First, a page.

Bill and Francis Butt first came across this quiet side street, in the popular Clifton area of Bristol, more than 10 years ago, while out walking their dog. ‘We thought it would be the perfect place to retire to one day,’ says Bill.
The road itself is unusually wide, as it was designed to allow carriages to manoeuvre into the coach houses that serviced the larger homes in a parallel road, which overlooks Clifton suspension bridge. ‘Almost all of the coach houses have been converted over the years, and this was the last remaining one that hadn’t been touched since the 19th century,’ says Bill. ‘As a result, it’s Grade II listed.’
When Bill and Frances went to view it, they could only see the L-shaped part of the downstairs space – now the kitchen and living area – as the rest of the building was locked and no key could be found. However, the property had planning permission for change of use to a dwelling, which was all they wanted to know, so they offered the full asking price.
When the couple finally got to see the rest of the building, they were thrilled with the space, but realised that the project would be a bigger challenge than they initially thought as the building was completely derelict.
The first thing the couple did was to hire an architect with experience of listed properties. The couple had worked with Quentin Alder Architects before, and trusted the firm not to suggest any changes that would not be approved.
After making the building watertight, work began downstairs in the large L-shaped room, where the horses were once stabled, transforming it into a kitchen/dining/living space.To maintain an open feel in the hallway, the architects had the ingenious idea of introducing a cantilevered landing. Upstairs, there are two bedrooms, both of which required an escape window to be inserted in order to meet the building regulations.
Finally, in the garden, the couple gained planning permission to move a retaining wall slightly further away from the back of the house and to widen the steps up into the garden. They also sought permission to erect a garden shed and greenhouse.
The owners: Bill Butt, a TV producer, and wife Frances, a playwright
The property: A two-bedroom converted coach house, built in 1828
The location: Clifton, Bristol
What they spent: The couple bought the property in 2014 and have spent £251,800 on the conversion. It has recently been valued at around £900,000*
A woodburning stove from Firebox makes the entrance hall extra cosy. The couple needed planning permission to add the chimney, and bricklayer Tony, from DNC, salvaged bricks to finish the chimneybreast.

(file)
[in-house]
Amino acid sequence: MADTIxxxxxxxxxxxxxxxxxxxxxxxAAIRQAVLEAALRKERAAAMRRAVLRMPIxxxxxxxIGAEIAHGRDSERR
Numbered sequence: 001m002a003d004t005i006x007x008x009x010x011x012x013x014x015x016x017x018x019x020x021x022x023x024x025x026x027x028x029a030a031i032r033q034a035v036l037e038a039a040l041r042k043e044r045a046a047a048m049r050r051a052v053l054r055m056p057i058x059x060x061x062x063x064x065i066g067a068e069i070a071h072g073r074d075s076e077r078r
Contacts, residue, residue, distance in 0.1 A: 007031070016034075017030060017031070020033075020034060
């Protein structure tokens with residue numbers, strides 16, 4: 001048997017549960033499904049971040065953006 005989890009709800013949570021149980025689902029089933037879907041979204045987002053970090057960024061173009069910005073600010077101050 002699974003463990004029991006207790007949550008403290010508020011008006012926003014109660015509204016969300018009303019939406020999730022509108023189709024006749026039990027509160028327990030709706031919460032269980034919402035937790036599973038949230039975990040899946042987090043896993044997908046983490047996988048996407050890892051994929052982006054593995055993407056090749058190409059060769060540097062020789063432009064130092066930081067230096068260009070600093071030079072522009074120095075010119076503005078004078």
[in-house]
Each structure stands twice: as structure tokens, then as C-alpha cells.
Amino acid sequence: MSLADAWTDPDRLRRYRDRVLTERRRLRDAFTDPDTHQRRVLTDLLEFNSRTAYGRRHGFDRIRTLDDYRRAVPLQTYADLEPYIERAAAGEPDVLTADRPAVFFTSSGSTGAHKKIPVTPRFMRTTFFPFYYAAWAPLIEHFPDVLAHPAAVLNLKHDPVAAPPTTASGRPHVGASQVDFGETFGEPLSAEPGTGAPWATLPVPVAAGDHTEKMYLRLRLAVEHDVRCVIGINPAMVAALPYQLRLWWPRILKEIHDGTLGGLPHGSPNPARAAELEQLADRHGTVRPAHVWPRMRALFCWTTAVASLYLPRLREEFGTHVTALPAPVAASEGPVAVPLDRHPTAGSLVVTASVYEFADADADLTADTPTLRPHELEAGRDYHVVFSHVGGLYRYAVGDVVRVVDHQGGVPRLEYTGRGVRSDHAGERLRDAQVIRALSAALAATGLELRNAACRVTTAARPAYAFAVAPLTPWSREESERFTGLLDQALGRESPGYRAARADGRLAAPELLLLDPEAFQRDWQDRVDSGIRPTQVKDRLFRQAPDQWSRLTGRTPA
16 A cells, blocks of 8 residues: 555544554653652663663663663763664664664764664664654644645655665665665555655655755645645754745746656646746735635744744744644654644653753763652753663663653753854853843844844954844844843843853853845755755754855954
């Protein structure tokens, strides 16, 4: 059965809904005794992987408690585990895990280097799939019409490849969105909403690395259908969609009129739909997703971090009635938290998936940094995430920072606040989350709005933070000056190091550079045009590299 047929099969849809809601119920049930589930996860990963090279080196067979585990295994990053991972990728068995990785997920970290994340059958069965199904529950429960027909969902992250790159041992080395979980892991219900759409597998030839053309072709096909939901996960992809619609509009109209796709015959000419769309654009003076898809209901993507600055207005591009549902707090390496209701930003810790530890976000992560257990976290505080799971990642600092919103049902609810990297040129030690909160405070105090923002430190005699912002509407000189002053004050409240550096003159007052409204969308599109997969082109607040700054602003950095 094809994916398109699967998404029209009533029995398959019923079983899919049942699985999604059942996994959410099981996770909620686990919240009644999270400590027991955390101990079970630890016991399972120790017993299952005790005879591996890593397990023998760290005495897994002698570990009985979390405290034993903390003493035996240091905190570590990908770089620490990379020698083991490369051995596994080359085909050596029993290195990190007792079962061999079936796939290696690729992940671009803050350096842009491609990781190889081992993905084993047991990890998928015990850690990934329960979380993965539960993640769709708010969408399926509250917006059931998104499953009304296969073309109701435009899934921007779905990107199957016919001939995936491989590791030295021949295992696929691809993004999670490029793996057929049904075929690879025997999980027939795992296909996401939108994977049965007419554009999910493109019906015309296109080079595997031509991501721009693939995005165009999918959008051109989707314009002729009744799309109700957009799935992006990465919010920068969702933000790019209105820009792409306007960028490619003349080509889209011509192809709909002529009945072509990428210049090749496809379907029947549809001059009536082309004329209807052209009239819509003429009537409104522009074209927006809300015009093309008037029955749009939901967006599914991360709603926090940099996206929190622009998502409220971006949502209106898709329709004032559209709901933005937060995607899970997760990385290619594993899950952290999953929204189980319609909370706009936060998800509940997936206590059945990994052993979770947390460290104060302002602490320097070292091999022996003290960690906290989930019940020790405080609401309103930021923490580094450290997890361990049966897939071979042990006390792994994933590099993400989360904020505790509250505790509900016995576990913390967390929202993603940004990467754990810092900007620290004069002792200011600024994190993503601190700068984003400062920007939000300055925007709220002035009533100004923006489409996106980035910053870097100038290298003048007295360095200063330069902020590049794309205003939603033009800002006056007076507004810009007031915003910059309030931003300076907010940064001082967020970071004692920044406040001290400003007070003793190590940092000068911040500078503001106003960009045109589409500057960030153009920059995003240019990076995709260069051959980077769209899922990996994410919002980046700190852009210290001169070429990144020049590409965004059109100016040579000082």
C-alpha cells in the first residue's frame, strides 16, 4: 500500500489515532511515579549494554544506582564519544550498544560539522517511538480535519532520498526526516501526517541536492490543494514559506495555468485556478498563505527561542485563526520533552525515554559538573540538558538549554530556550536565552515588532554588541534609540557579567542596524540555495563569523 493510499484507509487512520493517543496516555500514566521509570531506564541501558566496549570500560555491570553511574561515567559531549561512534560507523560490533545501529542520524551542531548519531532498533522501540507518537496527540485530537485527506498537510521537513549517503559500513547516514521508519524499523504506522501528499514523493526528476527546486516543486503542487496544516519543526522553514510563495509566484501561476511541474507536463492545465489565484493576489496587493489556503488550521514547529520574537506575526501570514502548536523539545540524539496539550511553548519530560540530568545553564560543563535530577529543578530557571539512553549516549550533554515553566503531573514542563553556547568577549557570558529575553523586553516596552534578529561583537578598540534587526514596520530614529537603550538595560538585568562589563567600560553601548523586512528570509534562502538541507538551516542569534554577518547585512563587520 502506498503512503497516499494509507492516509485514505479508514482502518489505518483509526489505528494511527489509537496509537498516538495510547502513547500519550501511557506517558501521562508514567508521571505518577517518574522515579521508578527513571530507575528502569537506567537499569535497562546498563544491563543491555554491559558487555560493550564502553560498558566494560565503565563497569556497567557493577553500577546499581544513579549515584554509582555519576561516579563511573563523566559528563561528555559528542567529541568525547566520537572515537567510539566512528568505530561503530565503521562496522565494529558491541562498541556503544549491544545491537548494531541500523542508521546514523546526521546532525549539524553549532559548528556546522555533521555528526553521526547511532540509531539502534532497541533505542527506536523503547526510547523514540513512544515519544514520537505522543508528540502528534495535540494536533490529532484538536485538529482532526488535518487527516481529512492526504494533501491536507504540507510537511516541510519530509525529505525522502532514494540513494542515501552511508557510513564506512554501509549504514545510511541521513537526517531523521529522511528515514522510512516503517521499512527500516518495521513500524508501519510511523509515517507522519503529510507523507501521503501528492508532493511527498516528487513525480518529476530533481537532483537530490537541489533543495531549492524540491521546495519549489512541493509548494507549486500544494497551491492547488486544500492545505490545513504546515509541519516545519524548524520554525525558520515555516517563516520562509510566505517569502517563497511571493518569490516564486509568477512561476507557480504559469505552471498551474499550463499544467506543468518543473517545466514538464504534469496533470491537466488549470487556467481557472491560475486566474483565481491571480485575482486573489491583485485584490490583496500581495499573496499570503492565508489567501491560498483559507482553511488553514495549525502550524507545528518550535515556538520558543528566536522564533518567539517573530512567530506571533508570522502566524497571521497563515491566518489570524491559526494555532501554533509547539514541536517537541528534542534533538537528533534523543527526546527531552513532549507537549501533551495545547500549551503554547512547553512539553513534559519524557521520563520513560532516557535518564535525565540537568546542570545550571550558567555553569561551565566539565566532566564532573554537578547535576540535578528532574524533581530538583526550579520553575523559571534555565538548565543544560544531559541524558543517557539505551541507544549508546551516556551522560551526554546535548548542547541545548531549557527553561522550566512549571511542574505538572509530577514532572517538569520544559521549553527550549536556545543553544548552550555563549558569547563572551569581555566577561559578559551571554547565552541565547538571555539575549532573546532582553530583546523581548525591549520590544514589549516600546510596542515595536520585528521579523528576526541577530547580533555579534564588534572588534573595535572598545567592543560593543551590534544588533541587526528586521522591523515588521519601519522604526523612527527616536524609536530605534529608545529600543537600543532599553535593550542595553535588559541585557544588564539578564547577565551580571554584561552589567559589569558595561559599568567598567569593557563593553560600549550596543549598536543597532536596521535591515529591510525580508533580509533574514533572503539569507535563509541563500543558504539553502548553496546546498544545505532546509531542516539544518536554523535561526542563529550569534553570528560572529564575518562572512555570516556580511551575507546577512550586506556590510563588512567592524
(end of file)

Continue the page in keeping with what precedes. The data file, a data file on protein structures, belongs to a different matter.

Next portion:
Painted in the same blue as the rest of the woodwork inside and out, and with a Brazilian slate worktop from Ardosia Slate, the units were made by Lyndon Bale at Churchill Joinery and installed by the builders. The range cooker is by Bertazzoni and the embossed Burnt Umber Brown oak flooring is from V4 Woodflooring.
The kitchen/dining/living room is located in the L-shaped section of the building, where horses were once stabled. The curtains are made from Mangalore Red fabric (opens in new tab) from John Lewis (opens in new tab), and the bar stools are from Made.
A built-in platform, housing a study area, is reached by a spiral staircase from Spiral Stairs Direct. The couple added 14 Billy bookcases from Ikea to store all of their books. The Jersey chaise longue and extendable floor lamp are from Made (opens in new tab).
Bill and Frances repaired the leaky roof and reinforced it with new timbers and steels – they liked how it looked so left them exposed. The bed is from Dusk Til Dawn in Bristol, and Frances bought the retro dressing table, in the couple’s favourite shade of blue, on Ebay.
Lyndon Bale from Churchill Joinery made the semi-circular windows, which all form a full circle when open. The bath is by Villeroy & Boch and the taps are from Hansgrohe. An LED-lit mirror and towel rail from TLC Electrical Supplies complete the scheme.
The Brunel bed, inspired by the Clifton suspension bridge, is from The Bed Workshop in Bristol. Bill and Frances’ daughter Jasmine made the Tower of Pisa structure as part of a GCSE art project, and the chair and chest of drawers were found through Gumtree.
To preserve the building’s history, the original doors and windows were restored and painted in a custom colour by Johnstone’s Paints, which is also used on woodwork throughout the interior. Builders DNC made a new front door and added French windows behind the coach doors, which give the couple the flexibility to let in more light. The couple moved the retaining wall further away from the house and widened the steps up into the garden.
- Architects: Quentin Alder Architects, 0117 968 3111, quentinalder.co.uk
- Construction: Nick Dunn, DNC, 07973 844280
- Kitchen and joinery: Lyndon Bale, Churchill Joinery, 07976 269797, churchilljoinery.co.uk
- Flooring: V4 Woodflooring
Author: Jane Stacey, Photographer: Huntley Hedworth
*Valuation by property expert, Michael Holmes